Ukraine war: Kyiv transforms surgical hospital into battleground medical facility


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Russia’s bloody invasion of Ukraine has forced the staff to transform Kyiv’s largest hospital, Clinical Hospital #8, into a battleground medical facility, according to a recent Wall Street Journal report.

Dermatologists cardiologists now assist with triaging wounded patients arriving from artillery rocket barrages as the hospital sits within 10 miles of the battleground, the paper noted. 

The staff are numb to the air raid sirens because they are so frequent to take seriously anymore, don’t wear face masks because of the constant background noise of fighting as they try to talk to communicate, per the Journal.

“Of course we are not what we used to be, but neither is the rest of the country,” said Dr. Igor Khomenko, the hospital director. 

Pregnant women a nurse (R) wait in a basement of maternity hospital as sirens warning for air raids in Mykolaiv, on March 14, 2022. – Almost half of the 49 women have had to give birth in the basement since 24 February. Mykolaïv is the scene of violent clashes, as Russian troops want to break down this last lock before the large port of Odessa, 130 km further west on the Black Sea.
(Photo by BULENT KILIC/AFP via Getty Images)

He worked for 30 years as a military surgeon, but quit earlier this year to become a civilian, yet his hope for a quiet civilian life was dashed when two weeks after he quit the military, the Russian invasion began, per the Journal.

BIDEN’S IMPULSIVE WORDS CONTINUE TO TERRIFY INSTEAD OF CONSOLE US 

“I tried civilian life it didn’t last long,” he noted, who now sleeps on a couch in his office away from his wife who has taken refuge far away from the battlefield.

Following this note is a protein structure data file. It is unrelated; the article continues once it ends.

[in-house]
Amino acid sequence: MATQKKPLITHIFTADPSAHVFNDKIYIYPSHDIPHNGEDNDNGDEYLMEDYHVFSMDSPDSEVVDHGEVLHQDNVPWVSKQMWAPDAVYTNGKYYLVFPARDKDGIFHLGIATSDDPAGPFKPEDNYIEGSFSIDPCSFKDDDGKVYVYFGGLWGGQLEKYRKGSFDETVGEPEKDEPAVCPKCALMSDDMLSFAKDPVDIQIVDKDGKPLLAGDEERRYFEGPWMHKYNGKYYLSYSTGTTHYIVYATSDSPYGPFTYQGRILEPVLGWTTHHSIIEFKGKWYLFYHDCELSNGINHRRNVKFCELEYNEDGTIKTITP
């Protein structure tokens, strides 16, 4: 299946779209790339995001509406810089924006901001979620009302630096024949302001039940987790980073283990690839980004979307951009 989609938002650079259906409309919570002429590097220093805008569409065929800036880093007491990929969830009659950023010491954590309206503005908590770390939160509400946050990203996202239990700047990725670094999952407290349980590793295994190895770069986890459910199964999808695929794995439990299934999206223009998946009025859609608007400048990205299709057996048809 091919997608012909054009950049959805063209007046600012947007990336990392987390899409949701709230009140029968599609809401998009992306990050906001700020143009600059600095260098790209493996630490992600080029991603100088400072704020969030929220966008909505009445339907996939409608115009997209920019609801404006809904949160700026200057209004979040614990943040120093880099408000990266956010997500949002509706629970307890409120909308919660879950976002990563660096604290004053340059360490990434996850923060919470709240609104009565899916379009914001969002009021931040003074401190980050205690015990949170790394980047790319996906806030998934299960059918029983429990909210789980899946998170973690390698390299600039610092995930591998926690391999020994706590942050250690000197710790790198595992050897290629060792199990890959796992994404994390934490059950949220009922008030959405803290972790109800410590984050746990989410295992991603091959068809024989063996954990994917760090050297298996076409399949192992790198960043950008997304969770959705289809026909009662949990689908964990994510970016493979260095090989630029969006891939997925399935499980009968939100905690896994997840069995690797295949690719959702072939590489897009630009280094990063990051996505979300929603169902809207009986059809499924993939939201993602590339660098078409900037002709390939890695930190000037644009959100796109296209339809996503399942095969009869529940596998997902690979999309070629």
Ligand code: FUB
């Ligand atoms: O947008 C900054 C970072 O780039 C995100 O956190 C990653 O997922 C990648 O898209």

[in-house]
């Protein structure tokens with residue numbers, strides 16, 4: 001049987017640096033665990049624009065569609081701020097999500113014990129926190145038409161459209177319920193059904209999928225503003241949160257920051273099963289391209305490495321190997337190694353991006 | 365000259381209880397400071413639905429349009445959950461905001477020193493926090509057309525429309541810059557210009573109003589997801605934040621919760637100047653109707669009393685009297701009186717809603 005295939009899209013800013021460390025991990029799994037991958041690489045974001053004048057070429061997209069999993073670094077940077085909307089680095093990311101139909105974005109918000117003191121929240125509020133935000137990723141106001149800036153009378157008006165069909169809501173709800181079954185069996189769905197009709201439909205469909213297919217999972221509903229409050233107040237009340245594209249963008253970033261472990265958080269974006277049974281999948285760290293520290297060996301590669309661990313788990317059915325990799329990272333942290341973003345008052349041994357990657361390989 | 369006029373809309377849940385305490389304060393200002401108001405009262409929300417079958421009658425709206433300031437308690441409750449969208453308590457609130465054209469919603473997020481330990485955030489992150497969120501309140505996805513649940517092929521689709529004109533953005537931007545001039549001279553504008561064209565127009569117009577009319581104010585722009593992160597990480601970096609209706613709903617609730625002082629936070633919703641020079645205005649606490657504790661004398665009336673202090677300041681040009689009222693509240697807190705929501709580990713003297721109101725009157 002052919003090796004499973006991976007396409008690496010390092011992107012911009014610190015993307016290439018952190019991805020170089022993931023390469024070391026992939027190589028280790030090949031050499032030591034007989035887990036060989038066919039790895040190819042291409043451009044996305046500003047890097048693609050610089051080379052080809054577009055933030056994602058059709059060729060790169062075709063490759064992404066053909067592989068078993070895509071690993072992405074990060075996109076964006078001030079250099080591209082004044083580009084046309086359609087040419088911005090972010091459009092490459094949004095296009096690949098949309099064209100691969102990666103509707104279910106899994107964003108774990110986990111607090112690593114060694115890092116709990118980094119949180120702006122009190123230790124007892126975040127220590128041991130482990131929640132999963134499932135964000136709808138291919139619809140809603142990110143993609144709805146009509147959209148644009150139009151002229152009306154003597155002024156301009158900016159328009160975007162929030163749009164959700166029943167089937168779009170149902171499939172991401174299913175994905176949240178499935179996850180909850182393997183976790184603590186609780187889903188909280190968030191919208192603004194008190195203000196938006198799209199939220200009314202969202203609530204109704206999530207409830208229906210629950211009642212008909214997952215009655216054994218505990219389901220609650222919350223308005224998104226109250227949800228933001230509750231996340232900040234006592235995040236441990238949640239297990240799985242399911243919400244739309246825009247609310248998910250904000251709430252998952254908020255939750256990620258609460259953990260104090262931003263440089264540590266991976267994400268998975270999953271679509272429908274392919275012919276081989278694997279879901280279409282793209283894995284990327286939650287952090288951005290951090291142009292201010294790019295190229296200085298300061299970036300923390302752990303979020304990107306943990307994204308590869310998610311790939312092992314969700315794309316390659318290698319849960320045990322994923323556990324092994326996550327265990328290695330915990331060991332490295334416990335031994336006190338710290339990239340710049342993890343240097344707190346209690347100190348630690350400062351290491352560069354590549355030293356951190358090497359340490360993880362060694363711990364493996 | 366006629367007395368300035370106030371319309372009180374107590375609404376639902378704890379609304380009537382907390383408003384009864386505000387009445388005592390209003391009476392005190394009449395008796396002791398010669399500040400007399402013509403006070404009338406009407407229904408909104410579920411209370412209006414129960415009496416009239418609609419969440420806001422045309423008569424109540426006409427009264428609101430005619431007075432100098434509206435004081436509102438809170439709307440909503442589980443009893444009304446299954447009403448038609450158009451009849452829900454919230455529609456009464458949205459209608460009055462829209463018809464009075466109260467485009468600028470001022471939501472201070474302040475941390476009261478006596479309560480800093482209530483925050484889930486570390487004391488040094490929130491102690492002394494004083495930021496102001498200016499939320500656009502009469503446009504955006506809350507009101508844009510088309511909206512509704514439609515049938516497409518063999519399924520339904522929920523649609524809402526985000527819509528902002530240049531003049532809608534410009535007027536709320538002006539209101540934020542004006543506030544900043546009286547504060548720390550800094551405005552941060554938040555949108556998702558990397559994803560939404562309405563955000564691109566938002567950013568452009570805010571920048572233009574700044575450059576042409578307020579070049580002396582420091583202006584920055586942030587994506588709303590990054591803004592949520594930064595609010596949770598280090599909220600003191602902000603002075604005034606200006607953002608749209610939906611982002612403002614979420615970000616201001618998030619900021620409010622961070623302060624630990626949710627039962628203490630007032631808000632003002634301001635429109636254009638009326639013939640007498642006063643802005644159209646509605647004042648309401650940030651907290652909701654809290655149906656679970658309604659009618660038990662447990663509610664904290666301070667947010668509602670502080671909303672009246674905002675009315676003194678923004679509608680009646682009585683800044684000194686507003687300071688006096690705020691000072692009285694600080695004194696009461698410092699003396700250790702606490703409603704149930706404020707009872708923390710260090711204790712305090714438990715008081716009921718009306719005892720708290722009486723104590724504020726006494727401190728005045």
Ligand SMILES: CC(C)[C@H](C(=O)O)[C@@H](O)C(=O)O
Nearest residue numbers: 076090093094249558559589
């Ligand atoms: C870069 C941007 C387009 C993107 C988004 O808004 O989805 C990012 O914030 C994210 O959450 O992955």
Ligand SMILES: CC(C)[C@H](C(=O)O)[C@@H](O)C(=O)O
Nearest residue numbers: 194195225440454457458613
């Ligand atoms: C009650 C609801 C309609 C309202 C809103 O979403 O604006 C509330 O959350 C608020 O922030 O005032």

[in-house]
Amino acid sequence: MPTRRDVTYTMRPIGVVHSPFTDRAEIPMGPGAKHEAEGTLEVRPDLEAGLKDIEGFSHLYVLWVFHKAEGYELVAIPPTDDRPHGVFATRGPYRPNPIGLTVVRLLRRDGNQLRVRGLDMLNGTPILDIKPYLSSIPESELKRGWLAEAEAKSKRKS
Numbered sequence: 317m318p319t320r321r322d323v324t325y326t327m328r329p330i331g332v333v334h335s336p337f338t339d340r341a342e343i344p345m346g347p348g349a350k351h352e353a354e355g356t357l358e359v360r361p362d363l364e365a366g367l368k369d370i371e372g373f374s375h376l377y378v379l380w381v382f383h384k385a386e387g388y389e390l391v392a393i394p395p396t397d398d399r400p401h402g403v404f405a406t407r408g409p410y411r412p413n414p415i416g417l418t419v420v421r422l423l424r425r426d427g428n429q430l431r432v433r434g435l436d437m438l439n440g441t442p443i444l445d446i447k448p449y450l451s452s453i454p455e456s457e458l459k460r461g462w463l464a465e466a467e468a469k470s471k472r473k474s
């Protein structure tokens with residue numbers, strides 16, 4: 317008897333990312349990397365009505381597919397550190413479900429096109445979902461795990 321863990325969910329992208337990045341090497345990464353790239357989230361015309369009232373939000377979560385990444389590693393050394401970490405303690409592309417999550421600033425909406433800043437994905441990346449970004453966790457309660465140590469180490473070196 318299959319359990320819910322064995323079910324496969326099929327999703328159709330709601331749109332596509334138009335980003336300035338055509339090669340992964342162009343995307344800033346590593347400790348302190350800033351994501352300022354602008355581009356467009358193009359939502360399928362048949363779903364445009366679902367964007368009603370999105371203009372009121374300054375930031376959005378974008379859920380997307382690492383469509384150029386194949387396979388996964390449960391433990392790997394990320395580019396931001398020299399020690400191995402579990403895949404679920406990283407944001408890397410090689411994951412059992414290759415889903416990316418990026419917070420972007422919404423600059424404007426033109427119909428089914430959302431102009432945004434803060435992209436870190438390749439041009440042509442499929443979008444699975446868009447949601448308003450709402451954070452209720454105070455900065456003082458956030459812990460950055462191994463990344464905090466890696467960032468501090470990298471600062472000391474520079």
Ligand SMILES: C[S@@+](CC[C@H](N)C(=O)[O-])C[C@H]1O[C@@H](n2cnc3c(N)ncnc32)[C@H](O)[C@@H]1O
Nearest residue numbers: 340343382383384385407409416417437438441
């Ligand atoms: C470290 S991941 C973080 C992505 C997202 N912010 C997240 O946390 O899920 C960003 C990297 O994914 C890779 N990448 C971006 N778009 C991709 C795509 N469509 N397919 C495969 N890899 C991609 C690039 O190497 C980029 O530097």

He reduced his hospital staff by half canceled elective surgeries, so 200 hospital beds would be free for patients wounded by the war, the paper said.

The hospital cases are a window into war tactics as they evolve – initially they were primarily gunshot wounds as gun battles rage, but as the war has progressed, more patients are arriving with shrapnel wounds concussions, as both sides suffer from blast explosions from a distance, according to the news report.

But even though the hospital’s location is so close to the fighting, Khomenko notes it has one advantage – the wounded can go directly from the battlefield to the operating room. 

EDS NOTE: GRAPHIC CONTENT - A dead body of a woman resident lies in the center park of the town of Irpin, some 25 km (16 miles) northwest of Kyiv, Friday, March 11, 2022. Kyiv northwest suburbs such as Irpin Bucha have been enduring Russian shellfire bombardments for over a week prompting residents to leave their home.